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I would like implement itertools.combinations for numpy. Based on this discussion, I have a function that works for 1D input:

def combs(a, r):
    """
    Return successive r-length combinations of elements in the array a.
    Should produce the same output as array(list(combinations(a, r))), but 
    faster.
    """
    a = asarray(a)
    dt = dtype([('', a.dtype)]*r)
    b = fromiter(combinations(a, r), dt)
    return b.view(a.dtype).reshape(-1, r)

and the output makes sense:

In [1]: list(combinations([1,2,3], 2))
Out[1]: [(1, 2), (1, 3), (2, 3)]

In [2]: array(list(combinations([1,2,3], 2)))
Out[2]: 
array([[1, 2],
       [1, 3],
       [2, 3]])

In [3]: combs([1,2,3], 2)
Out[3]: 
array([[1, 2],
       [1, 3],
       [2, 3]])

however, it would be best if I could expand it to N-D inputs, where additional dimensions simply allow you to speedily do multiple calls at once. So, conceptually, if combs([1, 2, 3], 2) produces [1, 2], [1, 3], [2, 3], and combs([4, 5, 6], 2) produces [4, 5], [4, 6], [5, 6], then combs((1,2,3) and (4,5,6), 2) should produce [1, 2], [1, 3], [2, 3] and [4, 5], [4, 6], [5, 6] where "and" just represents parallel rows or columns (whichever makes sense). (and likewise for additional dimensions)

I'm not sure:

  1. How to make the dimensions work in a logical way that's consistent with the way other functions work (like how some numpy functions have an axis= parameter, and a default of axis 0. So probably axis 0 should be the one I am combining along, and all other axes just represent parallel calculations?)
  2. How to get the above code to work with ND (right now I get ValueError: setting an array element with a sequence.)
  3. Is there a better way to do dt = dtype([('', a.dtype)]*r)?
share|improve this question

2 Answers 2

You can use itertools.combinations() to create the index array, and then use NumPy's fancy indexing:

import numpy as np
from itertools import combinations, chain
from scipy.misc import comb

def comb_index(n, k):
    count = comb(n, k, exact=True)
    index = np.fromiter(chain.from_iterable(combinations(range(n), k)), 
                        int, count=count*k)
    return index.reshape(-1, k)

data = np.array([[1,2,3,4,5],[10,11,12,13,14]])

idx = comb_index(5, 3)
print data[:, idx]

output:

[[[ 1  2  3]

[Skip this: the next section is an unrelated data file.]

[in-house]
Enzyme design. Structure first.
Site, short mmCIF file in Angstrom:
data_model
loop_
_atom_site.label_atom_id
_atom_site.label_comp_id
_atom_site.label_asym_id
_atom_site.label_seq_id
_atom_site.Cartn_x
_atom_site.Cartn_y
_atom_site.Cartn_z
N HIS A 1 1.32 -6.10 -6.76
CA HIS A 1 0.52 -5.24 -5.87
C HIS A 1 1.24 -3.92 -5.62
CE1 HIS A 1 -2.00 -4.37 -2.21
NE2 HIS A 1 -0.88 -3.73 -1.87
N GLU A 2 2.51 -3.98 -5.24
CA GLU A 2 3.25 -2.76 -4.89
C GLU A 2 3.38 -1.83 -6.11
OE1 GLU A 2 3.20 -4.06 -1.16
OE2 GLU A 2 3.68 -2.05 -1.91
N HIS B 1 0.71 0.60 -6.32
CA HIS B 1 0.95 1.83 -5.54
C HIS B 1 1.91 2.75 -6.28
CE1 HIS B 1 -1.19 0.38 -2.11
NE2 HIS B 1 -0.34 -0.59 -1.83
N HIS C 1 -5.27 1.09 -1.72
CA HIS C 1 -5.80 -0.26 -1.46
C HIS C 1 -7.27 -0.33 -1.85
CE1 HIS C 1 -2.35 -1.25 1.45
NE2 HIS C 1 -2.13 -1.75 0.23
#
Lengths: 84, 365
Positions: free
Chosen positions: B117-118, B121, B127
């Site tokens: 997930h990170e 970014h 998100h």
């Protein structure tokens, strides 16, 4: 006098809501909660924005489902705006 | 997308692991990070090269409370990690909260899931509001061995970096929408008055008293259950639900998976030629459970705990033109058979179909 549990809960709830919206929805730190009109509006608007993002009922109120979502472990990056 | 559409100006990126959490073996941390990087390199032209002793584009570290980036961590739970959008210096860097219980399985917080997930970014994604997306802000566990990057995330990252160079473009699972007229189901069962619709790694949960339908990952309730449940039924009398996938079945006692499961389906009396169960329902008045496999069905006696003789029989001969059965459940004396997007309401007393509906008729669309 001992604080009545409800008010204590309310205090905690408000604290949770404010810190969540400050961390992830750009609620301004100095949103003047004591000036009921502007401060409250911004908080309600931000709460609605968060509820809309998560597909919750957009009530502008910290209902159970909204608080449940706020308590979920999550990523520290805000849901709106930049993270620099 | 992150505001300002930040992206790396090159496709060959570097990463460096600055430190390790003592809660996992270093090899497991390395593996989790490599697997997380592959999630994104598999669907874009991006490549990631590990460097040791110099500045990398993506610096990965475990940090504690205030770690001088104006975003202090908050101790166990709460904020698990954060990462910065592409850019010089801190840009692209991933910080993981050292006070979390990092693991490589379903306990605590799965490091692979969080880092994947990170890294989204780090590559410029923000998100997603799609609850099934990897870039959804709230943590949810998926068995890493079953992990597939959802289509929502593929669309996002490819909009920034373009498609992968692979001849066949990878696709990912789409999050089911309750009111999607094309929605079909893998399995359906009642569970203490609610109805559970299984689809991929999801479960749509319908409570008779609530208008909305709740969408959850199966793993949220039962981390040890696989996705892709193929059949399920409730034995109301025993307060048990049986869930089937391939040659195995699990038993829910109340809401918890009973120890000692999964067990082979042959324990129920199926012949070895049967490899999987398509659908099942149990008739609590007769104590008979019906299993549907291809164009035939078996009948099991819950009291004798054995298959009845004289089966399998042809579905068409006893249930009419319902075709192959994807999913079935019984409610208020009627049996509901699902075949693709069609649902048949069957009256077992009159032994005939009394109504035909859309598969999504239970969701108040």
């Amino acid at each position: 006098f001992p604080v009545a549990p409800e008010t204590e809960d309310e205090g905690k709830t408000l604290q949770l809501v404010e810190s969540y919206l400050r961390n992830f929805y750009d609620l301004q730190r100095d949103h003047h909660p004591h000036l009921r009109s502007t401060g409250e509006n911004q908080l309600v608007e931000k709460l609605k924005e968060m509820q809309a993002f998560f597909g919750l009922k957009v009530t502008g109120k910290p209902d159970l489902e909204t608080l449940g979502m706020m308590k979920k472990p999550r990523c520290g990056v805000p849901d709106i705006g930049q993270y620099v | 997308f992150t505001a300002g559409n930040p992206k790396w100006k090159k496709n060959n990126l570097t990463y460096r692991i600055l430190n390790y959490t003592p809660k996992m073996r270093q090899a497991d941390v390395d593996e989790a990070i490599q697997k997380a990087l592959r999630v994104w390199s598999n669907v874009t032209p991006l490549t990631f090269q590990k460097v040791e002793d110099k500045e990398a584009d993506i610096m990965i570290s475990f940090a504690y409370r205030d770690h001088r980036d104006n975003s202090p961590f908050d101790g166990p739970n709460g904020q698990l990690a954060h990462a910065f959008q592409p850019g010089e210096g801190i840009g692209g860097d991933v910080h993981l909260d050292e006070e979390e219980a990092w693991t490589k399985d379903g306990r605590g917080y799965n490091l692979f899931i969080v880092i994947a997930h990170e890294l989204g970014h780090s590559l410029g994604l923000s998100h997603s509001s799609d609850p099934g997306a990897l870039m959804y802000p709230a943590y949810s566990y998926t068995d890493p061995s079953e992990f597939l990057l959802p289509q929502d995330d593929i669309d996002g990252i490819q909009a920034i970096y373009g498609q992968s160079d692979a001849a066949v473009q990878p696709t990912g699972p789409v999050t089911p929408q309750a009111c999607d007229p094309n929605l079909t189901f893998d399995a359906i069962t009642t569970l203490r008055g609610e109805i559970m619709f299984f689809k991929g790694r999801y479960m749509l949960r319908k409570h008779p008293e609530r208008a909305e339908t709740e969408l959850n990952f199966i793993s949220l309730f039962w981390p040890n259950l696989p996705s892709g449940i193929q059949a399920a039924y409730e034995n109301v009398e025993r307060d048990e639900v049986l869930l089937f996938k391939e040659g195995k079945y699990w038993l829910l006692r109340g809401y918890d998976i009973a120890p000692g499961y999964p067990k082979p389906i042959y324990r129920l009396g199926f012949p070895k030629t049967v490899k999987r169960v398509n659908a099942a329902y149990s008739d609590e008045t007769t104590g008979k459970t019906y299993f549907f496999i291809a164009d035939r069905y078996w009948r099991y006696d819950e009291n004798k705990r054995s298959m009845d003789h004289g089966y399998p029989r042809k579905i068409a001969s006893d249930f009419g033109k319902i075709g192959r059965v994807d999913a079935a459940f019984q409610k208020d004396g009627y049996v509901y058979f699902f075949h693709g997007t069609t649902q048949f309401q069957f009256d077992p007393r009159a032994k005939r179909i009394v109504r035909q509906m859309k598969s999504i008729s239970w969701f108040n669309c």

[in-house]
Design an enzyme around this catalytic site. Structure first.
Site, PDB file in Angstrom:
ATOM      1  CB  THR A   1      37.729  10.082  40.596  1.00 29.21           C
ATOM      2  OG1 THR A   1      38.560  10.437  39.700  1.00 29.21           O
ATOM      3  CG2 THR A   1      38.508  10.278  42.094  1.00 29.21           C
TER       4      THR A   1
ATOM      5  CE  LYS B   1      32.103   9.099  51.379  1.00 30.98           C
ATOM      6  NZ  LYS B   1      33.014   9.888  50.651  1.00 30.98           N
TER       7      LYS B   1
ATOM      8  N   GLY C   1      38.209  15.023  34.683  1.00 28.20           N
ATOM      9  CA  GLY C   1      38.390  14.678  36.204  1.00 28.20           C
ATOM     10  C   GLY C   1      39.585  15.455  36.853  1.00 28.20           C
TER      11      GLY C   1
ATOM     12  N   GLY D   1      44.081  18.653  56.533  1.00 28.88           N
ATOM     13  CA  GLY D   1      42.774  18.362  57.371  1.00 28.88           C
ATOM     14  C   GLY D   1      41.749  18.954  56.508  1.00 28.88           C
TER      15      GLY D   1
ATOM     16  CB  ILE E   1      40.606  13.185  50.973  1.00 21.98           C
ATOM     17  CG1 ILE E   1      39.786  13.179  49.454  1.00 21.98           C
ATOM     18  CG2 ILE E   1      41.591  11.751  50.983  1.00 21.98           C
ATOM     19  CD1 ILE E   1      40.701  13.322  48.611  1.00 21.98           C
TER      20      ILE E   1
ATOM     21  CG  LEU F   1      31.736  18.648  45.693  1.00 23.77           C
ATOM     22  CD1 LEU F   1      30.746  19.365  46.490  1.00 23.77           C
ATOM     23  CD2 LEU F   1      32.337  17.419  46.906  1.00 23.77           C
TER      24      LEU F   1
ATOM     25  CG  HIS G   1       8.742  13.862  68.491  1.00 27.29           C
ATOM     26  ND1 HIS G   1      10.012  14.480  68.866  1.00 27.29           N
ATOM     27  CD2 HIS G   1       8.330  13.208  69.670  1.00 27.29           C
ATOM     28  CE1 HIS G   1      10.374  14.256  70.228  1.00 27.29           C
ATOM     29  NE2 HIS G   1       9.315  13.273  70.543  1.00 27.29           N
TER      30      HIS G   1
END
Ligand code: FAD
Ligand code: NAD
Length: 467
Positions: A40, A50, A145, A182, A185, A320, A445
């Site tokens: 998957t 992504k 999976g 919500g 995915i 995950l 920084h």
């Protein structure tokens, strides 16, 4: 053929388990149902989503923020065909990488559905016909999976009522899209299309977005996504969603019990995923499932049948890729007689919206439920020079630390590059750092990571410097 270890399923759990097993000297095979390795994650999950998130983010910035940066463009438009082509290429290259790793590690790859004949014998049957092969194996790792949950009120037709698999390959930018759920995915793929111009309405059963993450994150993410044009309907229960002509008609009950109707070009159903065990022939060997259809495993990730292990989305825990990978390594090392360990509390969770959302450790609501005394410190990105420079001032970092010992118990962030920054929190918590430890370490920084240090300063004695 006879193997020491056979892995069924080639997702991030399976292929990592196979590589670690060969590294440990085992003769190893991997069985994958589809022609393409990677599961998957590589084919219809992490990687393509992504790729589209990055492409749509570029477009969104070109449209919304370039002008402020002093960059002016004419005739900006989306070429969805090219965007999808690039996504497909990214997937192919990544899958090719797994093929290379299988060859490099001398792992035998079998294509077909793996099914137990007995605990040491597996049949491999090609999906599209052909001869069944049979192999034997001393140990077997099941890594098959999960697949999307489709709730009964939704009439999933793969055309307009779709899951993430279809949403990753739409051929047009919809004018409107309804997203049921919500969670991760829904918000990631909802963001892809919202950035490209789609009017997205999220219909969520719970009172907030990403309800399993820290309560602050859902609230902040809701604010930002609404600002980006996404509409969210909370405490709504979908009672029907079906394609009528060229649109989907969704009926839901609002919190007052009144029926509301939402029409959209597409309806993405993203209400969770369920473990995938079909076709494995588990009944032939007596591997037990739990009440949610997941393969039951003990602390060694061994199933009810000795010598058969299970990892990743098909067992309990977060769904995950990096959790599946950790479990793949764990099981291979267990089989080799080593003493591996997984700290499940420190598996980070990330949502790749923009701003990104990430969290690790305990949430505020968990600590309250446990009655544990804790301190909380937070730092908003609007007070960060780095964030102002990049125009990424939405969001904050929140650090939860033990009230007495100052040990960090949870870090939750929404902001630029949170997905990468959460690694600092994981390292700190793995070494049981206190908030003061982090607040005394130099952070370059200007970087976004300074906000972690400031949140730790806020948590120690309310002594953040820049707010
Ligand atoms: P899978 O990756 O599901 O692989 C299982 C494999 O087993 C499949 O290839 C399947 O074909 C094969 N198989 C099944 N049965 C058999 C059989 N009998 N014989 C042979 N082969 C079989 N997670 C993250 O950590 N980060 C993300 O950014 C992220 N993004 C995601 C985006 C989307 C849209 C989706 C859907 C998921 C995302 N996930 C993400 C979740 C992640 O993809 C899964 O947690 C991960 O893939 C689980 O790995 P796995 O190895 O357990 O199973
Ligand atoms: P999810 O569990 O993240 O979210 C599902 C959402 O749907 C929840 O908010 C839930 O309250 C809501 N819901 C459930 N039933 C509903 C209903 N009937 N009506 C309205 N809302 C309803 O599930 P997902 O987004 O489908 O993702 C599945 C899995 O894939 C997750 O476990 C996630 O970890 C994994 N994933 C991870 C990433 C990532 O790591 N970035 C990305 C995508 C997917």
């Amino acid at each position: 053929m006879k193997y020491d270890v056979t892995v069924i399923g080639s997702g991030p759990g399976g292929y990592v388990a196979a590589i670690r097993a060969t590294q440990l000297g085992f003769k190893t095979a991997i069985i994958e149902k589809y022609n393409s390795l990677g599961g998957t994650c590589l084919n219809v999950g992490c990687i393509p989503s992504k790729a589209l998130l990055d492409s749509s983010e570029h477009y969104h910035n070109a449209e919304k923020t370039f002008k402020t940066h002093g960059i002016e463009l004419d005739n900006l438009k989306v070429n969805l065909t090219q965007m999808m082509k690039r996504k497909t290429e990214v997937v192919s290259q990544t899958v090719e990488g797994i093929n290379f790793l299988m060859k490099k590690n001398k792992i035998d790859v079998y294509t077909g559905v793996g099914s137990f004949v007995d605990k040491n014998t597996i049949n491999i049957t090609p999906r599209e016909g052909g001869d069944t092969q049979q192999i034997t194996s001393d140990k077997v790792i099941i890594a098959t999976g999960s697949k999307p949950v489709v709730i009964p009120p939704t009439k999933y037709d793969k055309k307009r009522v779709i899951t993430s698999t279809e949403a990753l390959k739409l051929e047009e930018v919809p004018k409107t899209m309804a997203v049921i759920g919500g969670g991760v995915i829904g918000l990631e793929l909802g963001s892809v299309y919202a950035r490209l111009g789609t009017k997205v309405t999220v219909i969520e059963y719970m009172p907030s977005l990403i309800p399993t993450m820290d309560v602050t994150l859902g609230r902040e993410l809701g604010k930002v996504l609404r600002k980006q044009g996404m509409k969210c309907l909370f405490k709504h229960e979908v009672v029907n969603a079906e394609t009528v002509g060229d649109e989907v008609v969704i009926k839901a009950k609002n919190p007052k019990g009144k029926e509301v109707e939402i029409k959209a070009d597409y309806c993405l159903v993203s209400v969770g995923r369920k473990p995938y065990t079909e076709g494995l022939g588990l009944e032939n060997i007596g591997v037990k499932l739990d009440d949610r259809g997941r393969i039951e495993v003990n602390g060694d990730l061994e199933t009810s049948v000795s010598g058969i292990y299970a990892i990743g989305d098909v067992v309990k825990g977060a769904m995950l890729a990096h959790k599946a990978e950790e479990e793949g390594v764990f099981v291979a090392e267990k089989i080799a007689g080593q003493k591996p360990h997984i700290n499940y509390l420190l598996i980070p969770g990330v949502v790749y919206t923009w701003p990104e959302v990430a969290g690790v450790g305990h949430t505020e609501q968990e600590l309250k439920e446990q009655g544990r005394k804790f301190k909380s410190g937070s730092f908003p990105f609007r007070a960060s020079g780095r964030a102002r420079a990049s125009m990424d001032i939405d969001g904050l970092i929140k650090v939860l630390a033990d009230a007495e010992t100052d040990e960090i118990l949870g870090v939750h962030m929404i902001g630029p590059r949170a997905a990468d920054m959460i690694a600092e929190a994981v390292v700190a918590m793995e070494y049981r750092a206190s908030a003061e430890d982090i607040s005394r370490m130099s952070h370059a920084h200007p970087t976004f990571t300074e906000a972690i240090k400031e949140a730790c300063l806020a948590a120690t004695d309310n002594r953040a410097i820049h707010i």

[ 1  2  4]
  [ 1  2  5]
  [ 1  3  4]
  [ 1  3  5]
  [ 1  4  5]
  [ 2  3  4]
  [ 2  3  5]
  [ 2  4  5]
  [ 3  4  5]]

 [[10 11 12]
  [10 11 13]
  [10 11 14]
  [10 12 13]
  [10 12 14]
  [10 13 14]
  [11 12 13]
  [11 12 14]
  [11 13 14]
  [12 13 14]]]
share|improve this answer
    
what is chain.from_iterable for? –  endolith Apr 15 '13 at 14:09
    
@endolith: Oh, I see. It eliminates the need for dt = np.dtype..., and also seems to make this version faster than Jaime's. –  endolith Apr 23 '13 at 14:12

Not sure how it will work out performance-wise, but you can do the combinations on an index array, then extract the actual array slices with np.take:

def combs_nd(a, r, axis=0):
    a = np.asarray(a)
    if axis < 0:
        axis += a.ndim
    indices = np.arange(a.shape[axis])
    dt = np.dtype([('', np.intp)]*r)
    indices = np.fromiter(combinations(indices, r), dt)
    indices = indices.view(np.intp).reshape(-1, r)
    return np.take(a, indices, axis=axis)

>>> combs_nd([1,2,3], 2)
array([[1, 2],
       [1, 3],
       [2, 3]])
>>> combs_nd([[1,2,3],[4,5,6]], 2, axis=1)
array([[[1, 2],
        [1, 3],
        [2, 3]],

       [[4, 5],
        [4, 6],
        [5, 6]]])
share|improve this answer
    
So np.dtype([('', np.intp)]*r) is the "right" way to create a list dtype? I just kind of stabbed at it until it worked. –  endolith Apr 15 '13 at 14:28
    
Very cool! I found this to be slightly less performant (both in speed and memory) than @HYRY's solution, but it's still better than just using itertools.combinations out of the box. –  David Marx Oct 30 '14 at 17:31

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